WRITING A ROUTE 66 feature for Unique Cars a few years back, I admitted that the ‘proper’ car for the trip would have been a 1960 soft-top Corvette – the vehicle of choice of characters ‘Tod’ and ‘Buz’ in the ’60s TV series about their adventures on the historic ‘Mother Road’. The fact that we actually explored the iconic American route using a PT Cruiser was down to budget realities, plain and simple. At least the little Cruiser was a retro-car, and its styling paid subtle tributes to another iconic American institution – the street-rod movement.
While the Cruiser proved to be utterly reliable and economical for the whole 5000km journey, the driving experience was undeniably bland. On one of the lonely stretches, daydreaming, I conceived a simple plan to give a Cruiser a bit of gravitas, a bit of streetcred.
For minimal cost I figured you could hook up a dedicated audio-player to the car’s sound system and also feed an external speaker hidden under the rear bumper. At the flick of a switch this set-up would play a bass-boosted audio-file of the glorious sound of a bigblock Mopar V8 speaking through unmuffled threeinch tailpipes. Hallelujah! – instant cojones for the PT as well as instant respect from passengers and the general public alike.
By journey’s end at Santa Monica my bizarre plan for electronic trickery was fading fast. Whacko notions that surface while you’re pacing a freight train across the Mojave Desert have no place in the automotive real world. Surely… Fast forward to 2015 when an email from a mate living in Vietnam mentioned that he had spotted his first BMW i8; he went on to describe what an odd fit the exotic hybrid was, hemmed in by the hurly-burly mix of cars, motorcycles, vans and buses that makes up Saigon’s peakhour traffic.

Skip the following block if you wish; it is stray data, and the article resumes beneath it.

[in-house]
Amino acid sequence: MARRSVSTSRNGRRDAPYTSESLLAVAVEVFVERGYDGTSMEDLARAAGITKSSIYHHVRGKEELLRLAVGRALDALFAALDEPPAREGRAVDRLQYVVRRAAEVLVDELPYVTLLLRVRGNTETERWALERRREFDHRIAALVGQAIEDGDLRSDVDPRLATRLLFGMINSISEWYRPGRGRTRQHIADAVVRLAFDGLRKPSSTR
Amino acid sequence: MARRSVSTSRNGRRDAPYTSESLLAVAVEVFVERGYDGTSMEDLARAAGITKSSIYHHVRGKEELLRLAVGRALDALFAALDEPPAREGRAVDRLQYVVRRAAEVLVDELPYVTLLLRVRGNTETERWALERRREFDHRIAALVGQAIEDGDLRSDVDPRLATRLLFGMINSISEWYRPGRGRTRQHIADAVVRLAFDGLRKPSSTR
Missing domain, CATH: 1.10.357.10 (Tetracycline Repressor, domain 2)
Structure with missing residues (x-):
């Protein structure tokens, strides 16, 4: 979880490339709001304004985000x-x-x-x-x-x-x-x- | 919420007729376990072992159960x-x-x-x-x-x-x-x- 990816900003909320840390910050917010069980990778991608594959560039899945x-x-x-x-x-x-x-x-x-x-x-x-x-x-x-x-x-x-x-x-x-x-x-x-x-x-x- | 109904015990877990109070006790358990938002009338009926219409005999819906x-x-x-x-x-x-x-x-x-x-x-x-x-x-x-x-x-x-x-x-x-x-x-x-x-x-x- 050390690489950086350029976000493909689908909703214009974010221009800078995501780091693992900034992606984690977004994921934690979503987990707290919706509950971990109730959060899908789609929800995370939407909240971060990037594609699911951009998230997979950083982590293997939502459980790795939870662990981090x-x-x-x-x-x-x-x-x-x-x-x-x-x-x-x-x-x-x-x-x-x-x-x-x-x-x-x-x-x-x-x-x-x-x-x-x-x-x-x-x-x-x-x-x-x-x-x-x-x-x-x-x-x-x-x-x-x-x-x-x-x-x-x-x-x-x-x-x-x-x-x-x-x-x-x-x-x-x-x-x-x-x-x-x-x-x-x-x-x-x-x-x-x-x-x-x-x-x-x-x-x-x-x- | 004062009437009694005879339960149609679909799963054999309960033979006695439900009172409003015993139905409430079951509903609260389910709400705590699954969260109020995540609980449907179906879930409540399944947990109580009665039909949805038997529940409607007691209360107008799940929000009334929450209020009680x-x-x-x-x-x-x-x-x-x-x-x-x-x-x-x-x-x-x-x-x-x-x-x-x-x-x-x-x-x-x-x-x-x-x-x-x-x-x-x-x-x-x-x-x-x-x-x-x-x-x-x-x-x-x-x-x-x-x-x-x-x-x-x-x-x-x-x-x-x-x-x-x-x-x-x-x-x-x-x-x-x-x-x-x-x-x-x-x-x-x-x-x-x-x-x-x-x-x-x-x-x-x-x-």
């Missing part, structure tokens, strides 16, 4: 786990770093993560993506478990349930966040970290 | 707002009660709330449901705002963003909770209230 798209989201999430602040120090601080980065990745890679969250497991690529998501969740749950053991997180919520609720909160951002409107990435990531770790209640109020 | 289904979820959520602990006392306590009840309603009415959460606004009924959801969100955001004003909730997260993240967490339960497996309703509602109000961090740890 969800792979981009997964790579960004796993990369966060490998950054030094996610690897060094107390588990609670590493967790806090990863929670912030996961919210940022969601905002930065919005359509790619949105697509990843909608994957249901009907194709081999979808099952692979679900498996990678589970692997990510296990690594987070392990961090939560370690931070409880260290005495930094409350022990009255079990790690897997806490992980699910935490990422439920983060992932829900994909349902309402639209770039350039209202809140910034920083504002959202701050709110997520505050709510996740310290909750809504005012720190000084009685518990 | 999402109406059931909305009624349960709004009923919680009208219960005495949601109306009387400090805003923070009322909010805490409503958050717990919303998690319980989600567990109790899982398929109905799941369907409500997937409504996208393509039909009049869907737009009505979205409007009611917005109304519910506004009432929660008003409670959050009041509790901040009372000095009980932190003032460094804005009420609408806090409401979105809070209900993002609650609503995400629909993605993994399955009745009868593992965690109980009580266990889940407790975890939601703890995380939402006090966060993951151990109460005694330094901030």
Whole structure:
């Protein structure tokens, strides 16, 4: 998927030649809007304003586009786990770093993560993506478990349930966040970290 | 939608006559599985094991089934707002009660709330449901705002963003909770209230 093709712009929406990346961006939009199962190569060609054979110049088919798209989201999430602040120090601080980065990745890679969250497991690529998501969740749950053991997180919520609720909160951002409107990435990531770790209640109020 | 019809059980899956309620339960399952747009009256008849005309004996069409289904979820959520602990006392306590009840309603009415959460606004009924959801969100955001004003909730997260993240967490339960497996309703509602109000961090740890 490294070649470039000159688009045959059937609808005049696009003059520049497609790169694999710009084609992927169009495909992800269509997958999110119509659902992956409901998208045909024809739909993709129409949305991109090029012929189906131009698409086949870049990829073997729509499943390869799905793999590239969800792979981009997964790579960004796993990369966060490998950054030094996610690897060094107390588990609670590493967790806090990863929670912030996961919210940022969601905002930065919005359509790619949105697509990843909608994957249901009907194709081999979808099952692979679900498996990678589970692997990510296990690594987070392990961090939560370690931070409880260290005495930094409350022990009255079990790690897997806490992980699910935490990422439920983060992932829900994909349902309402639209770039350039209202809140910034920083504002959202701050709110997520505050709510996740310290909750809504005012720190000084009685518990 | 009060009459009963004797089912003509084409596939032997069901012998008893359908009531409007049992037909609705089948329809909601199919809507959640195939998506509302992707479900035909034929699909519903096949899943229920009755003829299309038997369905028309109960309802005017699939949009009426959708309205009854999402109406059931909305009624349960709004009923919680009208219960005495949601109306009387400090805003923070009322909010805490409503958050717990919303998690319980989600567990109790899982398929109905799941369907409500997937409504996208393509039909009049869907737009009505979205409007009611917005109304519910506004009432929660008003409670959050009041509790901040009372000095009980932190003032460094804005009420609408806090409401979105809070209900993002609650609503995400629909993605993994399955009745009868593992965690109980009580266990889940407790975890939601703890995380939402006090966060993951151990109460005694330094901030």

Being only vaguely aware of the glamorous new Beemer I used this prompt as an opportunity to learn a bit more about the i8.
Wow! Quite a goer, the i8.
Not much in common with Toyota’s Prius. The i8’s 4.4- sec 0-100km/h figure and speed-restricted top-whack of 250km/h are right up there.
Its healthy performance comes courtesy of a powertrain that produces a shedload of torque from the combined efforts of the 96kW electric motor up front and a 164kW three-cylinder petrol turbo-motor at the rear.
I was well impressed.
Then an item in the fine print bowled me over. To compensate for its silent electric motor and quiet petrol engine the i8 uses electronics to give it some aural presence. The scale of its trickery goes way beyond my Mickey Mouse ideas for a Cruiser. Apparently a muted jet-fighter whine warns pedestrians of its approach while at the rear the petrol engine’s exhaust note has its potency boosted electronically. Inside the i8 you’re treated to a contrived sound that’s apparently a cross between an angry Porsche 911 and a howling V8. The level and intensity of the sounds vary with mode selection, engine rpm and throttle opening.
Perhaps it’s just me, but I found the subject to be a real eye-opener as I soon discovered that engine noise enhancement has been used for some time across brands including VW, Lexus, Lotus, Mini, Porsche, Renault and Ford. Apparently the new 2.3-litre Ecoboost Mustangs use it.
Try ‘BMW i8 enhanced engine noise’ in your search engine for more on the subject.
The pretend engine-noise caper has certainly come a long way since my primary school days when we turned our push bikes into ‘motor bikes’ by clipping playing cards on to the forks with clothes pegs to extract a pleasing racket from the passing spokes.